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The United Nations Security Council this week was given a briefing about the situation in Syria by the human-rights commissioner, Navi Pillay. She estimates that since the start of the popular uprising in March 2011, the Syrian security forces have killed up to 5,000 people. A new report published by Human Rights Watch (HRW) on 15 December names over seventy commanders and officials implicated in many of these deaths by giving orders to kill, as well as individuals responsible for unlawful arrests, beatings and torture.

HRW's report is based on interviews with defectors from the Syrian military and intelligence agencies, whose evidence has been checked meticulously against other sources to confirm reliability and accuracy. It highlights violations in seven of Syria’s fourteen governorates: Damascus, Daraa, Homs, Idlib, Tartous, Deir al-Zor and Hama. Taken together, the abuses provide further evidence of a systematic and brutal crackdown by the regime against everyday Syrians demanding democracy, justice and the rule of law.

All of the defectors interviewed by Human Rights Watch said that their commanders gave them orders to stop the protests by "all means necessary", a phrase universally understood as authorisation to use lethal force. Here are just two examples. "Abdullah" - a soldier with the 409th battalion, 154th regiment, 4th division - says that two high-level commanders, Brigadier-General Jawdat Ibrahim Safi and Major-General Mohamed Ali Durgham, ordered troops to shoot at protestors when his unit was deployed to areas in and around Damascus; and "Mansour" - who served in air-force intelligence in Daraa - says that his commander, Colonel Qusay Mihoub, gave similar orders in response to public demonstrations there. Many other cases are described in the report; about half of those interviewed say that their commanders gave direct orders to fire on protesters and bystanders.

Those named in the report should be held to account for their crimes. But responsibility for these killings goes right to the top of the Syrian regime. President Bashar al-Assad is commander-in-chief of the armed forces, yet in his extraordinary interview with ABC’s Barbara Walters broadcast on 7 December he suggested that he didn’t control the Syrian army. Whether this is dreadful ignorance or wishful thinking, international law is clear: those in position of command are potentially criminally accountable not just for crimes they directly ordered but also for serious crimes committed by their subordinates in circumstances where they knew or should have known of the abuses but failed to take action to stop them. It defies credibility that President Assad is so ignorant of what is going on in his country or what is being done by his forces.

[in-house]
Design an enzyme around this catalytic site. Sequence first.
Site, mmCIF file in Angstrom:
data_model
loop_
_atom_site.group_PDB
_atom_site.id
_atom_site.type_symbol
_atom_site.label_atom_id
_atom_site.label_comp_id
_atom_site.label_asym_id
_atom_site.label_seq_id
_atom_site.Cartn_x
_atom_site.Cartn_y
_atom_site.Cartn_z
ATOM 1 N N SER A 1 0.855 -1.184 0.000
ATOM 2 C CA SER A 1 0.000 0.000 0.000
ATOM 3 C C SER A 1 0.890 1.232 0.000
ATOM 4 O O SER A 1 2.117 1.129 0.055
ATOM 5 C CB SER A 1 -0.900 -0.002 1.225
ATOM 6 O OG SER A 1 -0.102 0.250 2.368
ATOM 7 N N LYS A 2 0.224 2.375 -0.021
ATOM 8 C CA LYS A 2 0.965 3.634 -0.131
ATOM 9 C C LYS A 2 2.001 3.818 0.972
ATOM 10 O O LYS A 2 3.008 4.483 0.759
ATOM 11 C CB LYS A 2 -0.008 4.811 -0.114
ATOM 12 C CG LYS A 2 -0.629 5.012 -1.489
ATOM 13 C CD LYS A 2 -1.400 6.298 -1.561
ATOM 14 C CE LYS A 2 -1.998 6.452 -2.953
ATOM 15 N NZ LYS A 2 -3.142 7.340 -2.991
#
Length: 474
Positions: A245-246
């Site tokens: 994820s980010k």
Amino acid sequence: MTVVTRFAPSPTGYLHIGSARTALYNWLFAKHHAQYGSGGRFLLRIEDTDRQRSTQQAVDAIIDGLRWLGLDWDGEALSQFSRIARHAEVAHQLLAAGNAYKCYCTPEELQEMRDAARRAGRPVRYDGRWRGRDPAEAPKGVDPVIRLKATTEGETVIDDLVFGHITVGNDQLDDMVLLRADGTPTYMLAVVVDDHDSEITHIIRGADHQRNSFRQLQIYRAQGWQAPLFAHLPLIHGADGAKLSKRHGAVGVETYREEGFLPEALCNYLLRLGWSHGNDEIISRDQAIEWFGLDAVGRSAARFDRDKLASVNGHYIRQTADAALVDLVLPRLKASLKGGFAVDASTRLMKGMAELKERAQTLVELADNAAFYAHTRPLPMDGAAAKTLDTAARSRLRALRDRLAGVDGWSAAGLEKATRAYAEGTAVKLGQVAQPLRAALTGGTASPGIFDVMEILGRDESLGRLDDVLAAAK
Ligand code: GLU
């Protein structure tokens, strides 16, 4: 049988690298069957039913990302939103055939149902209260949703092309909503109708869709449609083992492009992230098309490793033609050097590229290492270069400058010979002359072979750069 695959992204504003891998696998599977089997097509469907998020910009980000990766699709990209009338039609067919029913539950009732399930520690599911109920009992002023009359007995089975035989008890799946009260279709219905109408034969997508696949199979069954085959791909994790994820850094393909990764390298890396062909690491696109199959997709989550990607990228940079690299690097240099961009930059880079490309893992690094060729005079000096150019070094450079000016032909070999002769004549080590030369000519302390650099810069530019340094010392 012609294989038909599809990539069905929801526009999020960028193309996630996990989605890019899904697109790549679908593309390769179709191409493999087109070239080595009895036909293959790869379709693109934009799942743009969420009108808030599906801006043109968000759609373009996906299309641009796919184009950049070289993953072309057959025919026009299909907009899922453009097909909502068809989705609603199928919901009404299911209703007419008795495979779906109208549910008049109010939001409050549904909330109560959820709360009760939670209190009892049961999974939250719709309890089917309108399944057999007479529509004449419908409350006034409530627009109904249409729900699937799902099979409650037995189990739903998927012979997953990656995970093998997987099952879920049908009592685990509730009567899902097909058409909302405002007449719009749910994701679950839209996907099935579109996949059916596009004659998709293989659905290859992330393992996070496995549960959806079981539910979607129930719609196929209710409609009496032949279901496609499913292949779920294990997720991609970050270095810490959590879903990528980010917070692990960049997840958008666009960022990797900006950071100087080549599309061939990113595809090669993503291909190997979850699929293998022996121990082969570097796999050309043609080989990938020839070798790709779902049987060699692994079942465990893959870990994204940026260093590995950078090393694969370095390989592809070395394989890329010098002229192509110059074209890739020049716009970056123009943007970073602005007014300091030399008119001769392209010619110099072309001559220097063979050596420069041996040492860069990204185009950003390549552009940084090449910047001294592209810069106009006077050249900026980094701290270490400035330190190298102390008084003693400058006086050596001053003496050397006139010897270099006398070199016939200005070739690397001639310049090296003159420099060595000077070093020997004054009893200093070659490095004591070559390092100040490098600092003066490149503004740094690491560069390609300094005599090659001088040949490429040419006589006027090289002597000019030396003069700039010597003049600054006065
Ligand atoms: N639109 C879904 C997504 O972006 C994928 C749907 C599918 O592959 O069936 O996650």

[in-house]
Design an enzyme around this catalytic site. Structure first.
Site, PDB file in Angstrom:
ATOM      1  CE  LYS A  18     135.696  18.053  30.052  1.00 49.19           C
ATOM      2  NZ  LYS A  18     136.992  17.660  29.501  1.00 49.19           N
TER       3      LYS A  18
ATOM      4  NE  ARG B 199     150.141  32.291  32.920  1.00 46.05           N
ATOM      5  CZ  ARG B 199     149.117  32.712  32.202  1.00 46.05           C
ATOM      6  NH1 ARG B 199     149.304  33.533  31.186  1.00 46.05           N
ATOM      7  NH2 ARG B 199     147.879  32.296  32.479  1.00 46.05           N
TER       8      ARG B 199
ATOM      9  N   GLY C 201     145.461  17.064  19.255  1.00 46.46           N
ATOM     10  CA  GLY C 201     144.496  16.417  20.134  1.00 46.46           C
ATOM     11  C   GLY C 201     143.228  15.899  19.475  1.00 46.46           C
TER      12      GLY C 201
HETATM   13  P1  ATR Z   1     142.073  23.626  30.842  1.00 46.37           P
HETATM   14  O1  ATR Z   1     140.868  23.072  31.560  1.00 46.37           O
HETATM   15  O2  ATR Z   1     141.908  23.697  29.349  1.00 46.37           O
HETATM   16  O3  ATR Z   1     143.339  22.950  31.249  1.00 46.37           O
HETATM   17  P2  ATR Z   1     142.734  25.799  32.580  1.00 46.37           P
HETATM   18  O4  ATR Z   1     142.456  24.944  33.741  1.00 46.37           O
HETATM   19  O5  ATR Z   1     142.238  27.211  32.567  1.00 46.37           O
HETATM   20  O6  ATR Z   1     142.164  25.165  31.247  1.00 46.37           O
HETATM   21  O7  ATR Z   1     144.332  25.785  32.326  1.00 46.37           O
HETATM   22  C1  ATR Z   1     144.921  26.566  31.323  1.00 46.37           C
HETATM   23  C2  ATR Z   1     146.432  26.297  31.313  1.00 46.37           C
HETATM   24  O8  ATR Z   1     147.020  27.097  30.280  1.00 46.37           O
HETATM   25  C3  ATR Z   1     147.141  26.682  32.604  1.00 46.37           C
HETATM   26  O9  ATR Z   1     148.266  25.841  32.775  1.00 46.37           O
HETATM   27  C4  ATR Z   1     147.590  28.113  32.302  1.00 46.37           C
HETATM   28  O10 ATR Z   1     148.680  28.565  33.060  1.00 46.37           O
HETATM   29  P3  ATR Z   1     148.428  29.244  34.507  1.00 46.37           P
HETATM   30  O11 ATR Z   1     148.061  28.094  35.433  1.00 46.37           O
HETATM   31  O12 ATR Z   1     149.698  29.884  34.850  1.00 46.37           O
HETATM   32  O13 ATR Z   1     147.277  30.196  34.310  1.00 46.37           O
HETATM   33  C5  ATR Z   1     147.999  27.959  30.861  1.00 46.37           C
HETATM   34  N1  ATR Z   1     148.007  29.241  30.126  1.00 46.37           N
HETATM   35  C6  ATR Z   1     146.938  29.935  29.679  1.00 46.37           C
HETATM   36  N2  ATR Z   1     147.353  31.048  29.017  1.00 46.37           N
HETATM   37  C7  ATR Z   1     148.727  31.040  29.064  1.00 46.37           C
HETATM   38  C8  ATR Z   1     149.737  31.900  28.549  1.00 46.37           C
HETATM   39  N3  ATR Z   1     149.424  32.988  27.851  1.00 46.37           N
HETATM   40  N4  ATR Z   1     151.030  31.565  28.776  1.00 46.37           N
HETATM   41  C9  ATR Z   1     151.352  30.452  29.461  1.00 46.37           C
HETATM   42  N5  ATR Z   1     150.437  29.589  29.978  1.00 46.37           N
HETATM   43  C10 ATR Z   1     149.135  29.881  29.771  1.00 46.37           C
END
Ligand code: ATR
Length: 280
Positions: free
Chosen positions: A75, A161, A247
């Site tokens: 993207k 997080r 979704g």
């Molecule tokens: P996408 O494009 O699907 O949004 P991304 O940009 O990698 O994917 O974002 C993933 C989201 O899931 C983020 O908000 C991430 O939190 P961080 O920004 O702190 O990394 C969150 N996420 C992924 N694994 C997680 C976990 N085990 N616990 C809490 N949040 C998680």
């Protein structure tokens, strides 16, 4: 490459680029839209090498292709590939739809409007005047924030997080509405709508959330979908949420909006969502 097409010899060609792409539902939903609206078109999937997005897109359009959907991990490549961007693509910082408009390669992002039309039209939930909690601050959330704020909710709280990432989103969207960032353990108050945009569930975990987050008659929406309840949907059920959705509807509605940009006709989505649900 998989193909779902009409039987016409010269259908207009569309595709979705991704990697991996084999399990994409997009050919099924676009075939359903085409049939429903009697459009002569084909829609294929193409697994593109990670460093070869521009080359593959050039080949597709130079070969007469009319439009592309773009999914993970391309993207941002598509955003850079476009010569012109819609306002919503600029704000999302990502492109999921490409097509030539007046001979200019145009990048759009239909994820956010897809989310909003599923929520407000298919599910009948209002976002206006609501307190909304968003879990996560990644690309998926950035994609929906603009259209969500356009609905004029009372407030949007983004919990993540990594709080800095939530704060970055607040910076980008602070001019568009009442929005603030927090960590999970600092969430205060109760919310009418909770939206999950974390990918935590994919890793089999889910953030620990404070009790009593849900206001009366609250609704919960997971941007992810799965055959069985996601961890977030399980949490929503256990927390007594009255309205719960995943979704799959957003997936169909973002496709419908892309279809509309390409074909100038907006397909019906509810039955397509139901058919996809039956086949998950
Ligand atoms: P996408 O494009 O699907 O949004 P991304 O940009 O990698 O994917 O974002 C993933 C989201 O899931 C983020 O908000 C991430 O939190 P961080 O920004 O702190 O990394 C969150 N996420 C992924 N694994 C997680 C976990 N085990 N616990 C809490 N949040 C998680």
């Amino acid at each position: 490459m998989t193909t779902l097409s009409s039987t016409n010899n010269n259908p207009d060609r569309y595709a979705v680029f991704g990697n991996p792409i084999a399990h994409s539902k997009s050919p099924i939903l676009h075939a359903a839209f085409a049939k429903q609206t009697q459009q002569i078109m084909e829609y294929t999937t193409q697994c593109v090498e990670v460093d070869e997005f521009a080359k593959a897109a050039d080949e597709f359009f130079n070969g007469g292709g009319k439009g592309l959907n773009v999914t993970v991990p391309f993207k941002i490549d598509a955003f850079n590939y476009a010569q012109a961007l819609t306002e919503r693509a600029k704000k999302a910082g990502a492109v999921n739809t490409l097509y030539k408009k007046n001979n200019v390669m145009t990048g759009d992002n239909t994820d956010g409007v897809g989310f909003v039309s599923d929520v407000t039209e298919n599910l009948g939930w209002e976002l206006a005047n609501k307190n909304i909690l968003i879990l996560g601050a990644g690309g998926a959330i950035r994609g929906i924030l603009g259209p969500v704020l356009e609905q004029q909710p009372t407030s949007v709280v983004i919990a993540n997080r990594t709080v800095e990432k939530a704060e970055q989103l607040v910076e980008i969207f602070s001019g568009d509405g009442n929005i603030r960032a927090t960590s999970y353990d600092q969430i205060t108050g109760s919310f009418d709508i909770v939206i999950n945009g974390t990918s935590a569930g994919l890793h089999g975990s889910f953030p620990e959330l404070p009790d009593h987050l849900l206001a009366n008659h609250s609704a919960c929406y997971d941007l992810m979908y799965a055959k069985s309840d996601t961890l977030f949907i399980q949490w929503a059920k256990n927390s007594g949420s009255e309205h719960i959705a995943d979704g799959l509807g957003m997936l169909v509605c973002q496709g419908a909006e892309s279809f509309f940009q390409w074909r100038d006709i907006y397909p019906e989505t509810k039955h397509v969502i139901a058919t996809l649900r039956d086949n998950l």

The violence in Syria is intense and the abuses chilling. Yet the international response so far has been shamefully weak and indecisive. True, the Arab League - in a break with much of its previous practice - has condemned Assad’s crackdown, suspending Syria’s membership of the league and committed itself to introduce tough sanctions. And three countries on the UN Security Council (Britain, France, and the United States) have pushed for tougher action. But Russia and China have repeatedly blocked this - and they have been supported by rising powers such as South Africa, India and Brazil, all currently members of the UNSC.

These three countries' reluctance over or even outright hostility to the idea of exerting greater pressure on Syria to end its repression is all the more worrying, since all have democratically elected governments whose leaders express commitment to human rights and the rule of law. The logic of their position, that such pressure is neo-colonial or a prelude to western military intervention, is mistaken. The real motive is to bring an end to the terrible violence from which so many Syrians are suffering and to show basic solidarity with them. South Africa’s leaders have every reason to make the connection with their own formative experiences in the struggle against the repressive apartheid system.

For them and for others, Navi Pillay’s briefing to the Security Council, and Human Rights Watch’s exposé of abuse and identification of those responsible, should be a wake-up call. The evidence of repression in Syria is beyond dispute. What is needed is plain and urgent: the referral by the UNSC of crimes against humanity committed in Syria to the International Criminal Court (ICC); the stopping of all arms sales to Syria, including by Russia; and the imposition of targeted sanctions against key figures in the Assad regime, to raise the cost to it of continuing violence.

The crisis in Syria is worsening. There is no good reason to obstruct the concerted international action now needed to help end the brutal repression there.

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